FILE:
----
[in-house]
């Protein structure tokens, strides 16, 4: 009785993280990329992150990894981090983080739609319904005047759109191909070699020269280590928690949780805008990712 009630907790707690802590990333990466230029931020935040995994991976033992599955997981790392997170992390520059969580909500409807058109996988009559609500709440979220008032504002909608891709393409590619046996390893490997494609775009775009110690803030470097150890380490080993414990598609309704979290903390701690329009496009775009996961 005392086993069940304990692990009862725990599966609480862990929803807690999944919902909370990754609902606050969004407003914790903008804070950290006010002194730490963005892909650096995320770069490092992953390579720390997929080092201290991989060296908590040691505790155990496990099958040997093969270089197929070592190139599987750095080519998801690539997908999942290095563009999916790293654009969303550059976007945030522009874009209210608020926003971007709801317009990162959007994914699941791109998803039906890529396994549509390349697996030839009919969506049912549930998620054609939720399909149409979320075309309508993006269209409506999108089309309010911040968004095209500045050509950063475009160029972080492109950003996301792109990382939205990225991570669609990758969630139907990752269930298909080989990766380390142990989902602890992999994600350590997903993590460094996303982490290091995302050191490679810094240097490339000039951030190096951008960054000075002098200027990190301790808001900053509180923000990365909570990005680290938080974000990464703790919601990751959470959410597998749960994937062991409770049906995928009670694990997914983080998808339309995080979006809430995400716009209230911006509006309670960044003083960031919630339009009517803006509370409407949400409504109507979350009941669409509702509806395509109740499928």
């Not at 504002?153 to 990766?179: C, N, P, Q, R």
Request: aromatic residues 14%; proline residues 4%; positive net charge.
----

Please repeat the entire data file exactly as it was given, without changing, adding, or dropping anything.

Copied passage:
[in-house]
């Protein structure tokens, strides 16, 4: 009785993280990329992150990894981090983080739609319904005047759109191909070699020269280590928690949780805008990712 009630907790707690802590990333990466230029931020935040995994991976033992599955997981790392997170992390520059969580909500409807058109996988009559609500709440979220008032504002909608891709393409590619046996390893490997494609775009775009110690803030470097150890380490080993414990598609309704979290903390701690329009496009775009996961 005392086993069940304990692990009862725990599966609480862990929803807690999944919902909370990754609902606050969004407003914790903008804070950290006010002194730490963005892909650096995320770069490092992953390579720390997929080092201290991989060296908590040691505790155990496990099958040997093969270089197929070592190139599987750095080519998801690539997908999942290095563009999916790293654009969303550059976007945030522009874009209210608020926003971007709801317009990162959007994914699941791109998803039906890529396994549509390349697996030839009919969506049912549930998620054609939720399909149409979320075309309508993006269209409506999108089309309010911040968004095209500045050509950063475009160029972080492109950003996301792109990382939205990225991570669609990758969630139907990752269930298909080989990766380390142990989902602890992999994600350590997903993590460094996303982490290091995302050191490679810094240097490339000039951030190096951008960054000075002098200027990190301790808001900053509180923000990365909570990005680290938080974000990464703790919601990751959470959410597998749960994937062991409770049906995928009670694990997914983080998808339309995080979006809430995400716009209230911006509006309670960044003083960031919630339009009517803006509370409407949400409504109507979350009941669409509702509806395509109740499928």
């Not at 504002?153 to 990766?179: C, N, P, Q, R």
Request: aromatic residues 14%; proline residues 4%; positive net charge.